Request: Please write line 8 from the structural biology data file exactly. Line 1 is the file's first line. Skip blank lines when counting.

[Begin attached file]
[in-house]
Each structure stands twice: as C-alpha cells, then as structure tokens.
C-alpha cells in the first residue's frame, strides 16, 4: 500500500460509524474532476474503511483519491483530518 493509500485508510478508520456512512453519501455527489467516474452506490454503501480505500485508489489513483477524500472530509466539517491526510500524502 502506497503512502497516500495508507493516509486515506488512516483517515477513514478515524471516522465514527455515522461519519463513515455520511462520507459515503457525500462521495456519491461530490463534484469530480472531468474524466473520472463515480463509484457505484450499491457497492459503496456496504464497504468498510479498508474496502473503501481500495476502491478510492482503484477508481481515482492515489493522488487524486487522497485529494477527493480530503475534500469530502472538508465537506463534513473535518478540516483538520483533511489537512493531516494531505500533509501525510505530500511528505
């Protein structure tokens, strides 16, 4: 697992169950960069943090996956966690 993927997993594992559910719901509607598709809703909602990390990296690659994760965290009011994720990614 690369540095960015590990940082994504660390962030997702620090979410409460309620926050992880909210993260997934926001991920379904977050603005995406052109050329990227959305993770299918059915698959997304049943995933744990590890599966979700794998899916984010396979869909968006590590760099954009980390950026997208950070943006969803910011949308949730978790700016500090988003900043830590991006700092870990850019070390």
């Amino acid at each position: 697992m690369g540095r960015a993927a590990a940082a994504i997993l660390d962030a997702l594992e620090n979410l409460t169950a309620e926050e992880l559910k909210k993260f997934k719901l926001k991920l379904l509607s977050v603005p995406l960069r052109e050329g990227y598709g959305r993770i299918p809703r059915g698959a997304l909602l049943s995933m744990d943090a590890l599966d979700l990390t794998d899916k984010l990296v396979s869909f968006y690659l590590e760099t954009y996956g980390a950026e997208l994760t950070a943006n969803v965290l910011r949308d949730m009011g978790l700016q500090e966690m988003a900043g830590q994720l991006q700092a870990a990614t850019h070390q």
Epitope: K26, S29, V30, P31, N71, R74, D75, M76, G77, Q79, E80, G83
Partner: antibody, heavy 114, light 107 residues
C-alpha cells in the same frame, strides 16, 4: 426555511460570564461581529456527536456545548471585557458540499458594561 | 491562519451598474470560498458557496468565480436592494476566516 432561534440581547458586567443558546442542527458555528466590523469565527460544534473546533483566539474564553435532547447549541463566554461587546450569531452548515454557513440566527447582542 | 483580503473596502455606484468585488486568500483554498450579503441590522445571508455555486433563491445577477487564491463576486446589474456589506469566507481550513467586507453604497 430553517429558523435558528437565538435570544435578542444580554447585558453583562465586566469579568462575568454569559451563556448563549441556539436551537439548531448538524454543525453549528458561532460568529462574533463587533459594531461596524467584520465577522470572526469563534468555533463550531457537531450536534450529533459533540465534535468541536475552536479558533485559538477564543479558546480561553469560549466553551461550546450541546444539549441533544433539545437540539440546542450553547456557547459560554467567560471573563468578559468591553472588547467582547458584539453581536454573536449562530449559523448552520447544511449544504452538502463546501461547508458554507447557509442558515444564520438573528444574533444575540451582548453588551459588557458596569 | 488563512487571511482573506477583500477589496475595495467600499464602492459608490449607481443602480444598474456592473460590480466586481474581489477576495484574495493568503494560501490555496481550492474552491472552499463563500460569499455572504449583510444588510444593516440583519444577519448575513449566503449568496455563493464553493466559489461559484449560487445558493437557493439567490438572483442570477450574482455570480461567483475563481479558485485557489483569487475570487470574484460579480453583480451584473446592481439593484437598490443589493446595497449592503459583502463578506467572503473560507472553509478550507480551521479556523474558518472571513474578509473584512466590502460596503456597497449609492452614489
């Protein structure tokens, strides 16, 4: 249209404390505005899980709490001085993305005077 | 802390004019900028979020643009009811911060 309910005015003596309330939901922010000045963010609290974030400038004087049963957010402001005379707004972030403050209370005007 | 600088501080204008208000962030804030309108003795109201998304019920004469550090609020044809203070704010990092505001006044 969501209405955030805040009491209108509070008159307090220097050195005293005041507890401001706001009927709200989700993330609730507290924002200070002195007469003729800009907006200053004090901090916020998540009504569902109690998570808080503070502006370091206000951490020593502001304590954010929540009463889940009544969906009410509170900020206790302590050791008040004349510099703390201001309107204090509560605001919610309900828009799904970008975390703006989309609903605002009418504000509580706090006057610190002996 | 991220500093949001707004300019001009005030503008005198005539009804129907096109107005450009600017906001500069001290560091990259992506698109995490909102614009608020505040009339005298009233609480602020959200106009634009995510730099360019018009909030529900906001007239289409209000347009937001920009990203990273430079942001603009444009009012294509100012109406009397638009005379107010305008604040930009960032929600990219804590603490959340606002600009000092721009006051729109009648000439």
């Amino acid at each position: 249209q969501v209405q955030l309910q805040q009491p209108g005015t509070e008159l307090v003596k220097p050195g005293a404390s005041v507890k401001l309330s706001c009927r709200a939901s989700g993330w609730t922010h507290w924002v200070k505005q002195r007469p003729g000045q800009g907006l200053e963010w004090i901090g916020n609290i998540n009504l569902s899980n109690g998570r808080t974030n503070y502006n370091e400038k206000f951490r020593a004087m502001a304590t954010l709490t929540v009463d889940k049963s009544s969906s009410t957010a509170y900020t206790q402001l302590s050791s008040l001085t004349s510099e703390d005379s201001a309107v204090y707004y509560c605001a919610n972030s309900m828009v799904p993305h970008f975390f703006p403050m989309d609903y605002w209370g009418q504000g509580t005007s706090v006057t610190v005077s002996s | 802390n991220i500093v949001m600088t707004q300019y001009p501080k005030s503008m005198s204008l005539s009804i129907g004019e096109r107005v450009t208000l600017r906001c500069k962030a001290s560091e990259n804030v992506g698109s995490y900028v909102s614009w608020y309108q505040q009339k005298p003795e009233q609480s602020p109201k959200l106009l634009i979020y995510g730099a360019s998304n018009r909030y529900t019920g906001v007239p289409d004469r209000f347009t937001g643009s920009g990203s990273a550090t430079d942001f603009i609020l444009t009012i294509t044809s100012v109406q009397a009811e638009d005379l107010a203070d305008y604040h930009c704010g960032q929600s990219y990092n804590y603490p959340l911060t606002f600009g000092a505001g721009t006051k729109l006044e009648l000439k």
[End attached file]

C-alpha cells in the same frame, strides 16, 4: 426555511460570564461581529456527536456545548471585557458540499458594561 | 491562519451598474470560498458557496468565480436592494476566516 432561534440581547458586567443558546442542527458555528466590523469565527460544534473546533483566539474564553435532547447549541463566554461587546450569531452548515454557513440566527447582542 | 483580503473596502455606484468585488486568500483554498450579503441590522445571508455555486433563491445577477487564491463576486446589474456589506469566507481550513467586507453604497 430553517429558523435558528437565538435570544435578542444580554447585558453583562465586566469579568462575568454569559451563556448563549441556539436551537439548531448538524454543525453549528458561532460568529462574533463587533459594531461596524467584520465577522470572526469563534468555533463550531457537531450536534450529533459533540465534535468541536475552536479558533485559538477564543479558546480561553469560549466553551461550546450541546444539549441533544433539545437540539440546542450553547456557547459560554467567560471573563468578559468591553472588547467582547458584539453581536454573536449562530449559523448552520447544511449544504452538502463546501461547508458554507447557509442558515444564520438573528444574533444575540451582548453588551459588557458596569 | 488563512487571511482573506477583500477589496475595495467600499464602492459608490449607481443602480444598474456592473460590480466586481474581489477576495484574495493568503494560501490555496481550492474552491472552499463563500460569499455572504449583510444588510444593516440583519444577519448575513449566503449568496455563493464553493466559489461559484449560487445558493437557493439567490438572483442570477450574482455570480461567483475563481479558485485557489483569487475570487470574484460579480453583480451584473446592481439593484437598490443589493446595497449592503459583502463578506467572503473560507472553509478550507480551521479556523474558518472571513474578509473584512466590502460596503456597497449609492452614489